2. Increased Blood Flow: These ingredients might increase blood flow to the skin, potentially intensifying inflammation and exacerbating acne.

  3. TRPV Activation: Menthol and camphor interact with TRP channels, particularly TRPV1 and TRPA1, which are involved in the skin's inflammatory response. The activation of these channels can contribute to neurogenic inflammation, a process relevant in various skin conditions. By potentially affecting these pathways, VapoRub's ingredients might increase the likelihood of acne flare-ups.

Understanding the complex nature of acne and skin inflammation is crucial, and while Vicks VapoRub makes skin tingle which feels like it is healing the skin, it can actually make acne worse. It doe snot make pimples or pimple scabs heal faster.

Acne Spot Treatment

Eucalpytus oil may help the inflammation seen in acne and can be used as a natural acne spot treatment. Studies (15) have demonstrated that eucalyptus oil and eucalyptol have antimicrobial effects against a variety of microbes including viruses, drug-resistant bacteria, and fungi like Candida. Beyond antimicrobial properties, eucalyptus oil has also exhibited immunostimulatory, antioxidant, anti-inflammatory, analgesic (pain-relieving), and antispasmodic properties. 

However, Vapor Rub has other components in it that are comedogenic.  So if you are considering using Vicks VapoRub as an acne spot treatment, try eucalyptus oil instead (or tea tree oil).

Vicks VapoRub for rosacea

VapoRub for Rosacea

Never use Vicks Vapor Rub to treat facial redness or rosacea.  It can trigger a rosacea flare!

VapoRub for Sunburn

Vaporub may sooth the pain of a sunburn.   However, there are better topical anti-inflammatory ingredients to use for sunburn like aloe.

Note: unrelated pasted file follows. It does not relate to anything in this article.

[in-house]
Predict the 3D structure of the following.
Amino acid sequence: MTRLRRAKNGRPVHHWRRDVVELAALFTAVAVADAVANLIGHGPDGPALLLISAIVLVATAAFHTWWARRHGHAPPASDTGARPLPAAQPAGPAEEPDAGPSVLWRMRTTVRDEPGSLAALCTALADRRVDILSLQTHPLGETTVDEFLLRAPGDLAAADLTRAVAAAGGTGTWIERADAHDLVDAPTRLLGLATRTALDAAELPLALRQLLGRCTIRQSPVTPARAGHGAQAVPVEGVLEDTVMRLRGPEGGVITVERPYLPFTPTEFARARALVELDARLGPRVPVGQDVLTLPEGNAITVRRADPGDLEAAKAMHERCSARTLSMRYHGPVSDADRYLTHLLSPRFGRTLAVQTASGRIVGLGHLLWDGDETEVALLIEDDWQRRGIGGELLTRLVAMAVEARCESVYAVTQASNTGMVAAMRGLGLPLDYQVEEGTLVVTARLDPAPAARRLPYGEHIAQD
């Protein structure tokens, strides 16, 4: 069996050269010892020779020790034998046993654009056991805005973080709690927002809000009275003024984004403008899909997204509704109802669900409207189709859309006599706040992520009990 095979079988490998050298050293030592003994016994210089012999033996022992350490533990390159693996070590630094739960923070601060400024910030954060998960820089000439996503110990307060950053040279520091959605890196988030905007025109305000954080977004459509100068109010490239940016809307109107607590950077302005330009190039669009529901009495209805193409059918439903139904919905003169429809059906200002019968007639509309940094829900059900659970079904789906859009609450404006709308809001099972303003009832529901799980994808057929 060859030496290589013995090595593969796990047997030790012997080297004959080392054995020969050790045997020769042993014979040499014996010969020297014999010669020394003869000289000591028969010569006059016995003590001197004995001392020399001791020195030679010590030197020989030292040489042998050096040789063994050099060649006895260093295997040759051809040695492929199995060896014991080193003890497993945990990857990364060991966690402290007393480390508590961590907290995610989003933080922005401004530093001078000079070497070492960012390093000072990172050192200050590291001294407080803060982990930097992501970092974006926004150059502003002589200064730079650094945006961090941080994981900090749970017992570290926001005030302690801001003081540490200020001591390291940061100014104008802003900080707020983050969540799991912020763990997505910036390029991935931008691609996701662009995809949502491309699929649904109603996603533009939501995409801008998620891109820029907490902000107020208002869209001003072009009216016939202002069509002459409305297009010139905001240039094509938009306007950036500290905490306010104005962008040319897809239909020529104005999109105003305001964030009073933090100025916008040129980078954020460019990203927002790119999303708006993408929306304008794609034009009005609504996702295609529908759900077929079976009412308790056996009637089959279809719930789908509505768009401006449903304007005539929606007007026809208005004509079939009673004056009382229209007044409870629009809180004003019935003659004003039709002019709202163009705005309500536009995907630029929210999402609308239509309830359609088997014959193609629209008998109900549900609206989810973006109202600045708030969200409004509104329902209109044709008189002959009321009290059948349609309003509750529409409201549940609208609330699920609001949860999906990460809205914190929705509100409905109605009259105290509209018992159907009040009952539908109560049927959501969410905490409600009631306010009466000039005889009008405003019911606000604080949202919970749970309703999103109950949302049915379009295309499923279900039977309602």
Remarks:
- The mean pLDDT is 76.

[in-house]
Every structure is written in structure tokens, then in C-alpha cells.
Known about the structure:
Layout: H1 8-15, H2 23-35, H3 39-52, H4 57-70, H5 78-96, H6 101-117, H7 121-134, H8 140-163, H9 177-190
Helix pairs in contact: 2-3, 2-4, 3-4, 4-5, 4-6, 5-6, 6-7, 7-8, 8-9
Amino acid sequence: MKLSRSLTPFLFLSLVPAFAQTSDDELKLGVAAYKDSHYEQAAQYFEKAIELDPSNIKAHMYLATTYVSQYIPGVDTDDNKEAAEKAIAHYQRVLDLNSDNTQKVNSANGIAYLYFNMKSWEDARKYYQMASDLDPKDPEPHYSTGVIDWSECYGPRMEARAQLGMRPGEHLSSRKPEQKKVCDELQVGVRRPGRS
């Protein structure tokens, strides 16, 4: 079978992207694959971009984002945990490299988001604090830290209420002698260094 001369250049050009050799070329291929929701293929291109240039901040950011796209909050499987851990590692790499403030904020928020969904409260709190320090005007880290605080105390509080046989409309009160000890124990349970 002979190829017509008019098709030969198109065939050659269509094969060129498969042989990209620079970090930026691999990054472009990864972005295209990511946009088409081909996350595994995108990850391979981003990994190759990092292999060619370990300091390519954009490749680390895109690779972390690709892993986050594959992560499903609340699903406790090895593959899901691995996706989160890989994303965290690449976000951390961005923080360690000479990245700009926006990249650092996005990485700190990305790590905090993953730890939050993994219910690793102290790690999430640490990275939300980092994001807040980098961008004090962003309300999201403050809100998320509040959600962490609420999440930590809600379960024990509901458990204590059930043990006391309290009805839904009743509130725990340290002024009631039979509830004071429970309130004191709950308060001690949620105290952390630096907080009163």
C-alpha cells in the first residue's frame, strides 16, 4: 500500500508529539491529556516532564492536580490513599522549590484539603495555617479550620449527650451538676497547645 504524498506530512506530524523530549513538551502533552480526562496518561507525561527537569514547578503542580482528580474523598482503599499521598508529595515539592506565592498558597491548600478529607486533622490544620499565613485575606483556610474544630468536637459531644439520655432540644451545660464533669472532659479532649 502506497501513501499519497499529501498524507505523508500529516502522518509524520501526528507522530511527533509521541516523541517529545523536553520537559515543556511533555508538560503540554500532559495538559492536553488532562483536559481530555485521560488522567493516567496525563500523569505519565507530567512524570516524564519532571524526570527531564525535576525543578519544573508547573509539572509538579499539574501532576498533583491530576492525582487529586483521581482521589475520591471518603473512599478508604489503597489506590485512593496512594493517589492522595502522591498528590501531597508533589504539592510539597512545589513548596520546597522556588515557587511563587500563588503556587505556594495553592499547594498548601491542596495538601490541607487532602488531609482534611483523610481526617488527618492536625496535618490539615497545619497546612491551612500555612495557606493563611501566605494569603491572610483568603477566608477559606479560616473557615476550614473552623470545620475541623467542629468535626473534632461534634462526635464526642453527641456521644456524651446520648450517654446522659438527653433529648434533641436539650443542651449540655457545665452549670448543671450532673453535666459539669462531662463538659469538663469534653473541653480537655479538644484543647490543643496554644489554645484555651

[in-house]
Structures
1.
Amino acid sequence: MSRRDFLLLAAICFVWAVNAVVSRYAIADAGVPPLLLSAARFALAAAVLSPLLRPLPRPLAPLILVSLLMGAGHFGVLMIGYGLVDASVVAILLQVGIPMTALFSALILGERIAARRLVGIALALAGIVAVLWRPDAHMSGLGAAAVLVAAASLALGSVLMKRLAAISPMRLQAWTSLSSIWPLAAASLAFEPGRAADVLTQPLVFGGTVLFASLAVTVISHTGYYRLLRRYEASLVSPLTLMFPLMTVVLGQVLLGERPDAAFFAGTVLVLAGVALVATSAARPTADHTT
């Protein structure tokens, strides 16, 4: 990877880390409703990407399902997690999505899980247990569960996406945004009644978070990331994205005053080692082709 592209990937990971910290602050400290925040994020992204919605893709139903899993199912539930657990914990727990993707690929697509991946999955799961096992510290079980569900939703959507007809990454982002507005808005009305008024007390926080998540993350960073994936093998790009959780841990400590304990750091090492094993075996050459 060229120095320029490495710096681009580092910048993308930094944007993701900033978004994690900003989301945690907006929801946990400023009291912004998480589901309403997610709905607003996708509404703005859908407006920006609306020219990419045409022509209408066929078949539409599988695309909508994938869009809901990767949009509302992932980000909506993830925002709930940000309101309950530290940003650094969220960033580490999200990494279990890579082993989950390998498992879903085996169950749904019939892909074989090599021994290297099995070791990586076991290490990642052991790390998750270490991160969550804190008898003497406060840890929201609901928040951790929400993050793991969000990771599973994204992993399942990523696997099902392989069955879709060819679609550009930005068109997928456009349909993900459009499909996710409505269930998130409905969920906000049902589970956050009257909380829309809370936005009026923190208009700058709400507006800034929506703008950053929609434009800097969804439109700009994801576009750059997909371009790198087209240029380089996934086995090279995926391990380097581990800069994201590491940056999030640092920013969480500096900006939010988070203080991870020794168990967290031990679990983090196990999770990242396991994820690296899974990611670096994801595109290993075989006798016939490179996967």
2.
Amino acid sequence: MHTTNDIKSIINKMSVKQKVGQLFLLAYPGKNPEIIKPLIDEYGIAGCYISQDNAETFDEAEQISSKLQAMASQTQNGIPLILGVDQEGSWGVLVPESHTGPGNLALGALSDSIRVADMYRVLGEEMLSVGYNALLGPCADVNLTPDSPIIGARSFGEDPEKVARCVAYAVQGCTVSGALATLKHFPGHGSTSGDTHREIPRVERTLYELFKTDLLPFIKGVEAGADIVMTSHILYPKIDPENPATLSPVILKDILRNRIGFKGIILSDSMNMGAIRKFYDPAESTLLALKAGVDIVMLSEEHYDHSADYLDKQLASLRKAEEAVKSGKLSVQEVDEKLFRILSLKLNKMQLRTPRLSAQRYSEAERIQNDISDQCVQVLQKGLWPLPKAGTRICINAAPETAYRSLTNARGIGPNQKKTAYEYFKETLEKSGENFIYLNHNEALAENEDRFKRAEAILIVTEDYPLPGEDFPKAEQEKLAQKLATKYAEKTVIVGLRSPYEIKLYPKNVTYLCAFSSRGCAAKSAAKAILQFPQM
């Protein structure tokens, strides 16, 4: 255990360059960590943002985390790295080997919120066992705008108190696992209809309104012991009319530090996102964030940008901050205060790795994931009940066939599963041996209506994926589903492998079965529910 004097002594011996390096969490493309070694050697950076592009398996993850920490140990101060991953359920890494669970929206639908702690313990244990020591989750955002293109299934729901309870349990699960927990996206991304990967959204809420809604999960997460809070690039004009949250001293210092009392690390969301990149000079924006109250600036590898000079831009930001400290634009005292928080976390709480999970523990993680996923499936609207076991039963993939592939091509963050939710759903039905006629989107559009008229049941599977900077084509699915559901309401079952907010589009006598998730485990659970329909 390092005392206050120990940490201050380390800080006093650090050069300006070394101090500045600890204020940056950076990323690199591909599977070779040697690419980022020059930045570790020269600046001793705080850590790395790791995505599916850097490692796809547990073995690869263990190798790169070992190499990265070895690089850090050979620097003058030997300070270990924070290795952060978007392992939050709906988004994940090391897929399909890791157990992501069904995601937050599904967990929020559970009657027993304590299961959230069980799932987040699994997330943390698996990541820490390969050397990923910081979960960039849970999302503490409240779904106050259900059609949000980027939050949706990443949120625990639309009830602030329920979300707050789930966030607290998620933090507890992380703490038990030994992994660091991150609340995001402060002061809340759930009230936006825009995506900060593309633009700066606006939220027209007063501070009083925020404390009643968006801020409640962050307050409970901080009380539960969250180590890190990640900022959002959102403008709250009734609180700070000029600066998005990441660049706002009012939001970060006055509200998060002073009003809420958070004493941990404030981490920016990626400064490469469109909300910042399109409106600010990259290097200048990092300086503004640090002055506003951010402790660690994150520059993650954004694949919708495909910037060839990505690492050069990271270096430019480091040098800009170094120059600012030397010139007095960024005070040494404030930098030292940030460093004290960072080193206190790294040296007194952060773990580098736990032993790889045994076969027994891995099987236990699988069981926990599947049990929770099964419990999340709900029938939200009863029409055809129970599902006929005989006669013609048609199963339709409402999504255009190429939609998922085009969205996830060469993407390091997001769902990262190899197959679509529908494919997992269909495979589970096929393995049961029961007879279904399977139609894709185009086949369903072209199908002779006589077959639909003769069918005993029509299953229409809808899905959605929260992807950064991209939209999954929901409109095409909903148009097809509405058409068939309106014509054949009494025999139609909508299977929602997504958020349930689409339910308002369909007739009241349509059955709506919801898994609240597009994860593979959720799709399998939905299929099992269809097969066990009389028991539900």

VapoRub for Bug Bites

Living in Miami, I see patiernts all the time with mosquito bites.  Vicks VapoRub is one way to decrease the itching.  It is important not to scratch bug bites- so I do think vapor rub is a good option to treat bug bites.

vicks vaporub for stretch marks

VapoRub for Stretch Marks

While there have been anecdotal reports of individuals successfully using Vicks VapoRub to improve the appearance of stretch marks, there is no scientific evidence to support these claims. I do not see any scientific reason that Vicks VapoRub would prevent or treat stretch marks.

VapoRub in Pregnancy

Pregnant women should consult their healthcare provider before using Vicks on stretch marks or large areas of skin.  There is turpentine oil and other ingredients that cause increase skin penetration of other ingredients.  These can make into the blood stream and possible to the baby.  So do not use VapoRub on large areas on the body in pregnancy.

If you are trying to prevent stretch marks or treat itching in pregnancy- use a soothing oil instead.

Ingredients in Vicks VapoRub

Vicks Vapor Rub includes both active and inactive ingredients that contribute to its unique properties. Many of these can irritate the skin and lead to a contact dermatitis.  Many are also comedogenic.

Active Ingredients in Vicks VapoRub

  1. Camphor (Synthetic) 4.8%: Used as a cough suppressant and topical analgesic. Camphor contributes to the warming sensation and interacts with pain receptors.
  2. Eucalyptus Oil 1.2%: Acts as a cough suppressant, providing a soothing sensation and known for its pleasant aroma.
  3. Menthol 2.6%: Also a cough suppressant and topical analgesic, menthol is responsible for the cooling sensation and helps in relieving minor aches.

Inactive Ingredients:

Although these Vapor Rub ingredients are called "Inactive", they still have skin effects:

  • Cedarleaf Oil: Known for its aromatic properties.
  • Nutmeg Oil: Often used in balms for its soothing fragrance and potential warming effect.
  • Petrolatum: Serves as a base for the ointment, helping in skin application.
  • Thymol: Known for its antiseptic properties.
  • Turpentine Oil: Traditionally used in topical remedies, adds to the ointment’s characteristic smell.

TRPV Receptors

The interaction of Vicks VapoRub's active ingredients, particularly camphor and menthol, with TRPV receptors explains much of its effects on the skin. These receptors, sensitive to various stimuli, respond to the cooling and warming sensations induced by menthol and camphor, respectively.

Research shows that menthol and camphor, due to their interaction with TRPV receptors, have potential analgesic and anti-inflammatory effects, beneficial in certain conditions like migraine or joint pain.  But they have not been shown to help treat skin inflammation, skin sensitivity, or acne. And these ingredients can make the skin sting.